Today in 1812, Lord Byron gave his first address as a member of the House of Lords, in a parliamentary debate on the Frame Breaking Act. Byron told his peers: “During the short time I recently passed in Nottingham, not twelve hours elapsed without some fresh act of violence; and on that day I left the the county I was informed that forty Frames had been broken the preceding evening, as usual, without resistance and without detection.
“Such was the state of that county, and such I have reason to believe it to be at this moment. But whilst these outrages must be admitted to exist to an alarming extent, it cannot be denied that they have arisen from circumstances of the most unparalleled distress: the perseverance of these miserable men in their proceedings, tends to prove that nothing but absolute want could have driven a large, and once honest and industrious, body of the people, into the commission of excesses so hazardous to themselves, their families, and the community.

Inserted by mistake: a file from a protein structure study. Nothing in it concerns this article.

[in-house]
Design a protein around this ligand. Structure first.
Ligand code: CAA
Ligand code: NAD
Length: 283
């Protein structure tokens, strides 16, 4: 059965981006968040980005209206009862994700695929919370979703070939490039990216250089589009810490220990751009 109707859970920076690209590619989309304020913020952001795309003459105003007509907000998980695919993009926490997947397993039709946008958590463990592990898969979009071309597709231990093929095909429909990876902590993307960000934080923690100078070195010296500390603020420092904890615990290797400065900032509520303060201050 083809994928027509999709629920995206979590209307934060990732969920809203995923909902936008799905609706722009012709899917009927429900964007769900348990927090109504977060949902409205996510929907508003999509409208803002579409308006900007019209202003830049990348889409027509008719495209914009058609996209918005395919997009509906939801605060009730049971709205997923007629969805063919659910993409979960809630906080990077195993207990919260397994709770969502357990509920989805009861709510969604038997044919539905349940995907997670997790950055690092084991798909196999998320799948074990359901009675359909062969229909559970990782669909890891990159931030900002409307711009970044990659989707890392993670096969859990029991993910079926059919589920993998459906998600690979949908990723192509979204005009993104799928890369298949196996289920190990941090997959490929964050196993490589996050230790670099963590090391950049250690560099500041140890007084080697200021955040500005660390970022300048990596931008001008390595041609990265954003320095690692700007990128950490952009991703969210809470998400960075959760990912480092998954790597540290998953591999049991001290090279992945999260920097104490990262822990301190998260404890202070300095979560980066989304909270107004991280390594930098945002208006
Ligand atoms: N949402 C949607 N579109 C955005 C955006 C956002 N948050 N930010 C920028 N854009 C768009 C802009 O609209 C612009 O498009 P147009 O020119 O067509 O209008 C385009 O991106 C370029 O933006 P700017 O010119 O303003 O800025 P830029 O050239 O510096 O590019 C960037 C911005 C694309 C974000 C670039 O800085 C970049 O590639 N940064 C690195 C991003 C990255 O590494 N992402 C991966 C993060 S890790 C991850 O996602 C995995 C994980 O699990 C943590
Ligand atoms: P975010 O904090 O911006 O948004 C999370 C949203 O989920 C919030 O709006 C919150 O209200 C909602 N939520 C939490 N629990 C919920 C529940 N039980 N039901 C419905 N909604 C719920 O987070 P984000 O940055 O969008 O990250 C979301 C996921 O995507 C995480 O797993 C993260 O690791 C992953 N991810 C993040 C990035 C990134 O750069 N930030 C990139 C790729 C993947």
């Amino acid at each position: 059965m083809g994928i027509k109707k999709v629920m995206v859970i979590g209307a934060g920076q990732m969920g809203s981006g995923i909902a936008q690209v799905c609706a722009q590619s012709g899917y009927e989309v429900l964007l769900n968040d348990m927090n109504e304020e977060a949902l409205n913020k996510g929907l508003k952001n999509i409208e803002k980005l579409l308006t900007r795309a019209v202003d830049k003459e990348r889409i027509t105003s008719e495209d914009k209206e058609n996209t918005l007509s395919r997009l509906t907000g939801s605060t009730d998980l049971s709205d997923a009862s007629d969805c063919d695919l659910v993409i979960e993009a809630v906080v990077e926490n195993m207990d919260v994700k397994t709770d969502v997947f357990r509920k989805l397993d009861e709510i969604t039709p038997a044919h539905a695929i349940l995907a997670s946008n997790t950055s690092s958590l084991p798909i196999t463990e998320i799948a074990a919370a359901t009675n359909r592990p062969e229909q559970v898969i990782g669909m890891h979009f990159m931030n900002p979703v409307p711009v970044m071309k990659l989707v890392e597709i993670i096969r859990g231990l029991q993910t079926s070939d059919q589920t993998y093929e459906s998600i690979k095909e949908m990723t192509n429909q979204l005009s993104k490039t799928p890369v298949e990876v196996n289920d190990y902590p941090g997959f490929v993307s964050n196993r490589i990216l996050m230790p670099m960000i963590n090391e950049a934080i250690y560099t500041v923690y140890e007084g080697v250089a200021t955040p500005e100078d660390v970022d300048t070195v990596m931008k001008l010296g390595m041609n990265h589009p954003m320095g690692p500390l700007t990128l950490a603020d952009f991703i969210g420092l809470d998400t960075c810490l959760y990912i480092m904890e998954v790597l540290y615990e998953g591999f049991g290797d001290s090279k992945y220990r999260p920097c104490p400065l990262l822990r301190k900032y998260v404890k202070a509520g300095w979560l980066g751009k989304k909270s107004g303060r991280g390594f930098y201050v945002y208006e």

“They were not ashamed to beg, but there was none to relieve them: their own means of subsistence were cut off, all other employment preoccupied; and their excesses, however to be deplored and condemned, can hardly be subject to surprise.”
The first two cantos of Childe Harold’s Pilgrimage came out on March 3, the same week as his maiden speech. He became an overnight superstar, says Fiona MacCarthy, his recent biographer, “the first European cultural celebrity of the modern age.”
Later, in canto 3, Byron wrote about “The child of love,–though born in bitterness, and nurtured in convulsion.” His daughter, born just before her parents separated, was Ada Augusta, later Lady Lovelace, promoter and explicator of Charles Babbage, the inventor of the Difference/Analytical Engine, and the godfather of the modern computer.
In 2003, Kurt Vonnegut wrote in A Man without a Country: “Do you know what a Luddite is? That’s a person who doesn’t like newfangled contraptions. Contraptions like nuclear submarines armed with Poseidon missiles that have H-bombs in their warheads, and like computers that cheat you out of becoming. Bill Gates says, ‘Wait till you can see what your computer can become.’ But it’s you who should be doing the becoming. What you can become is the miracle you were born to work—not the damn fool computer.”